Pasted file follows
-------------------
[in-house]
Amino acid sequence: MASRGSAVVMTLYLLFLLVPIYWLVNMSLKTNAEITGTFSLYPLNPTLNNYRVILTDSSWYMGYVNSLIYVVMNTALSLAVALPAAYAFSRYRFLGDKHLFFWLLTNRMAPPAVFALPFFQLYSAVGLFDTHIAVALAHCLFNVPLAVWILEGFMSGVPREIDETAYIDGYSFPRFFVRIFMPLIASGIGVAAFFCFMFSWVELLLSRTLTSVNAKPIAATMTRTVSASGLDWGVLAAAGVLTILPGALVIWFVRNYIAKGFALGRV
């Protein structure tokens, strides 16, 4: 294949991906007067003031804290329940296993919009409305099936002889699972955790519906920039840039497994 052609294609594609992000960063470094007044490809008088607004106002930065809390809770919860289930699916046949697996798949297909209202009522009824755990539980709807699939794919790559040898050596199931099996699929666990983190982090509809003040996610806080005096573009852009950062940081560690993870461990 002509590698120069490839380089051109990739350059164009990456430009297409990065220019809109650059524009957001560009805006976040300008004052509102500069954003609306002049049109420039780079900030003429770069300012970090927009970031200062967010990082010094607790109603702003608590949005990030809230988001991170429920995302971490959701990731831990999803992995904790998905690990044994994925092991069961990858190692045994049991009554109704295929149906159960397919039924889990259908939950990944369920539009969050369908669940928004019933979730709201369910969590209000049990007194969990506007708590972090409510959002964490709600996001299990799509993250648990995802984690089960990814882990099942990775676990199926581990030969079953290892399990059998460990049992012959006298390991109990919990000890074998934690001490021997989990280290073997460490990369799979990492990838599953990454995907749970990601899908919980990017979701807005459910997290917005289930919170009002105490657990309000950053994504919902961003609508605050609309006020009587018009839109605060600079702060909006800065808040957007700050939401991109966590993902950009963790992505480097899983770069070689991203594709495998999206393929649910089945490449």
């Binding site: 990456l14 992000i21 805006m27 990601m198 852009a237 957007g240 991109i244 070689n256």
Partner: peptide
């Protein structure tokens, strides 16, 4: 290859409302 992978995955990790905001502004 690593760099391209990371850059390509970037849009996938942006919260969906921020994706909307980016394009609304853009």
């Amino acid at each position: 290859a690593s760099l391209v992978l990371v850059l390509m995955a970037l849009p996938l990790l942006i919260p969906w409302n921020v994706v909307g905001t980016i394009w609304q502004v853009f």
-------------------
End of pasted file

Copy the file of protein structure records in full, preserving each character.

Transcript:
[in-house]
Amino acid sequence: MASRGSAVVMTLYLLFLLVPIYWLVNMSLKTNAEITGTFSLYPLNPTLNNYRVILTDSSWYMGYVNSLIYVVMNTALSLAVALPAAYAFSRYRFLGDKHLFFWLLTNRMAPPAVFALPFFQLYSAVGLFDTHIAVALAHCLFNVPLAVWILEGFMSGVPREIDETAYIDGYSFPRFFVRIFMPLIASGIGVAAFFCFMFSWVELLLSRTLTSVNAKPIAATMTRTVSASGLDWGVLAAAGVLTILPGALVIWFVRNYIAKGFALGRV
């Protein structure tokens, strides 16, 4: 294949991906007067003031804290329940296993919009409305099936002889699972955790519906920039840039497994 052609294609594609992000960063470094007044490809008088607004106002930065809390809770919860289930699916046949697996798949297909209202009522009824755990539980709807699939794919790559040898050596199931099996699929666990983190982090509809003040996610806080005096573009852009950062940081560690993870461990 002509590698120069490839380089051109990739350059164009990456430009297409990065220019809109650059524009957001560009805006976040300008004052509102500069954003609306002049049109420039780079900030003429770069300012970090927009970031200062967010990082010094607790109603702003608590949005990030809230988001991170429920995302971490959701990731831990999803992995904790998905690990044994994925092991069961990858190692045994049991009554109704295929149906159960397919039924889990259908939950990944369920539009969050369908669940928004019933979730709201369910969590209000049990007194969990506007708590972090409510959002964490709600996001299990799509993250648990995802984690089960990814882990099942990775676990199926581990030969079953290892399990059998460990049992012959006298390991109990919990000890074998934690001490021997989990280290073997460490990369799979990492990838599953990454995907749970990601899908919980990017979701807005459910997290917005289930919170009002105490657990309000950053994504919902961003609508605050609309006020009587018009839109605060600079702060909006800065808040957007700050939401991109966590993902950009963790992505480097899983770069070689991203594709495998999206393929649910089945490449």
């Binding site: 990456l14 992000i21 805006m27 990601m198 852009a237 957007g240 991109i244 070689n256």
Partner: peptide
């Protein structure tokens, strides 16, 4: 290859409302 992978995955990790905001502004 690593760099391209990371850059390509970037849009996938942006919260969906921020994706909307980016394009609304853009």
């Amino acid at each position: 290859a690593s760099l391209v992978l990371v850059l390509m995955a970037l849009p996938l990790l942006i919260p969906w409302n921020v994706v909307g905001t980016i394009w609304q502004v853009f």